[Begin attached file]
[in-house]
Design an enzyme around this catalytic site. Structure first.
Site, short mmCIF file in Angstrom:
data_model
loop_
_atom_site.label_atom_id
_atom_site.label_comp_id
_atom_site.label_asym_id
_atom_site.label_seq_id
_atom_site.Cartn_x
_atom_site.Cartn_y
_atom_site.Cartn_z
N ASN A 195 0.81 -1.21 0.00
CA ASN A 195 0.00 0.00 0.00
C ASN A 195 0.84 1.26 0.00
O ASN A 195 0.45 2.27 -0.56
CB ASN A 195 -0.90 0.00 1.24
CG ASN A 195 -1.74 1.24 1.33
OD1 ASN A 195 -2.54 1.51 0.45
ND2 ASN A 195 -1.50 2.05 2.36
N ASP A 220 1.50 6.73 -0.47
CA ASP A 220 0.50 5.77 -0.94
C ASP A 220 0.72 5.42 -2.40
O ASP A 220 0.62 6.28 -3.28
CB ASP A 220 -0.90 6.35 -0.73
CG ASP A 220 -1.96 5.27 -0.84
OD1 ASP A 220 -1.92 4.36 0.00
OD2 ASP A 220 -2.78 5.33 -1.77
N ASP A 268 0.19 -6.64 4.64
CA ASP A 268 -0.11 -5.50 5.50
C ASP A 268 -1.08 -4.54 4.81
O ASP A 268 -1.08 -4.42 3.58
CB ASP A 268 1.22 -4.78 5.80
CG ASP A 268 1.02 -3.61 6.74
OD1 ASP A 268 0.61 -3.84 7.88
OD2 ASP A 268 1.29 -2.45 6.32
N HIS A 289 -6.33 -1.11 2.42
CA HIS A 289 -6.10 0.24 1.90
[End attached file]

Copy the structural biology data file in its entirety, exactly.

[in-house]
Design an enzyme around this catalytic site. Structure first.
Site, short mmCIF file in Angstrom:
data_model
loop_
_atom_site.label_atom_id
_atom_site.label_comp_id
_atom_site.label_asym_id
_atom_site.label_seq_id
_atom_site.Cartn_x
_atom_site.Cartn_y
_atom_site.Cartn_z
N ASN A 195 0.81 -1.21 0.00
CA ASN A 195 0.00 0.00 0.00
C ASN A 195 0.84 1.26 0.00
O ASN A 195 0.45 2.27 -0.56
CB ASN A 195 -0.90 0.00 1.24
CG ASN A 195 -1.74 1.24 1.33
OD1 ASN A 195 -2.54 1.51 0.45
ND2 ASN A 195 -1.50 2.05 2.36
N ASP A 220 1.50 6.73 -0.47
CA ASP A 220 0.50 5.77 -0.94
C ASP A 220 0.72 5.42 -2.40
O ASP A 220 0.62 6.28 -3.28
CB ASP A 220 -0.90 6.35 -0.73
CG ASP A 220 -1.96 5.27 -0.84
OD1 ASP A 220 -1.92 4.36 0.00
OD2 ASP A 220 -2.78 5.33 -1.77
N ASP A 268 0.19 -6.64 4.64
CA ASP A 268 -0.11 -5.50 5.50
C ASP A 268 -1.08 -4.54 4.81
O ASP A 268 -1.08 -4.42 3.58
CB ASP A 268 1.22 -4.78 5.80
CG ASP A 268 1.02 -3.61 6.74
OD1 ASP A 268 0.61 -3.84 7.88
OD2 ASP A 268 1.29 -2.45 6.32
N HIS A 289 -6.33 -1.11 2.42
CA HIS A 289 -6.10 0.24 1.90